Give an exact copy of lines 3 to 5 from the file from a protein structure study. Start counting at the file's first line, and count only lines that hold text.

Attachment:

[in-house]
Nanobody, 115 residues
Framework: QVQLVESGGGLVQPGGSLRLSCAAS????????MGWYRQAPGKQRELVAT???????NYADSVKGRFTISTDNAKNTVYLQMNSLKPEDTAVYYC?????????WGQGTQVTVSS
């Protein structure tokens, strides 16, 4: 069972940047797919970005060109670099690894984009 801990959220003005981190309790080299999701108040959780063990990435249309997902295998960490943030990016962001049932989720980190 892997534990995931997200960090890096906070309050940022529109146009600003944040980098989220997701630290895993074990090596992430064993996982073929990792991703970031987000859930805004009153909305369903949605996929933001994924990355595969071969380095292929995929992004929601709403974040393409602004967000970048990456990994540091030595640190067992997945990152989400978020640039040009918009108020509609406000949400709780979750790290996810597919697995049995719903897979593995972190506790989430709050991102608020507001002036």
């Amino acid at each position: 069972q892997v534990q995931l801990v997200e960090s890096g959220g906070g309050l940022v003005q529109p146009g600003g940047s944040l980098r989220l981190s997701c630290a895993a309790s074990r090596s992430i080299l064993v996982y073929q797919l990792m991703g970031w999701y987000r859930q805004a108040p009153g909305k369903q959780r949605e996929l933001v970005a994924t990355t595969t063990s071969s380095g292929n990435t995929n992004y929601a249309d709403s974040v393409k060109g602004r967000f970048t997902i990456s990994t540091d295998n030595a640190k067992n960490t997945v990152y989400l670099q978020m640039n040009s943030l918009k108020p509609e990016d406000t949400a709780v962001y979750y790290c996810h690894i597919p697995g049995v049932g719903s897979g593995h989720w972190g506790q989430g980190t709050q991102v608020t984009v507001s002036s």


Framework: QVQLVESGGGLVQPGGSLRLSCAAS????????MGWYRQAPGKQRELVAT???????NYADSVKGRFTISTDNAKNTVYLQMNSLKPEDTAVYYC?????????WGQGTQVTVSS
């Protein structure tokens, strides 16, 4: 069972940047797919970005060109670099690894984009 801990959220003005981190309790080299999701108040959780063990990435249309997902295998960490943030990016962001049932989720980190 892997534990995931997200960090890096906070309050940022529109146009600003944040980098989220997701630290895993074990090596992430064993996982073929990792991703970031987000859930805004009153909305369903949605996929933001994924990355595969071969380095292929995929992004929601709403974040393409602004967000970048990456990994540091030595640190067992997945990152989400978020640039040009918009108020509609406000949400709780979750790290996810597919697995049995719903897979593995972190506790989430709050991102608020507001002036």
């Amino acid at each position: 069972q892997v534990q995931l801990v997200e960090s890096g959220g906070g309050l940022v003005q529109p146009g600003g940047s944040l980098r989220l981190s997701c630290a895993a309790s074990r090596s992430i080299l064993v996982y073929q797919l990792m991703g970031w999701y987000r859930q805004a108040p009153g909305k369903q959780r949605e996929l933001v970005a994924t990355t595969t063990s071969s380095g292929n990435t995929n992004y929601a249309d709403s974040v393409k060109g602004r967000f970048t997902i990456s990994t540091d295998n030595a640190k067992n960490t997945v990152y989400l670099q978020m640039n040009s943030l918009k108020p509609e990016d406000t949400a709780v962001y979750y790290c996810h690894i597919p697995g049995v049932g719903s897979g593995h989720w972190g506790q989430g980190t709050q991102v608020t984009v507001s002036s």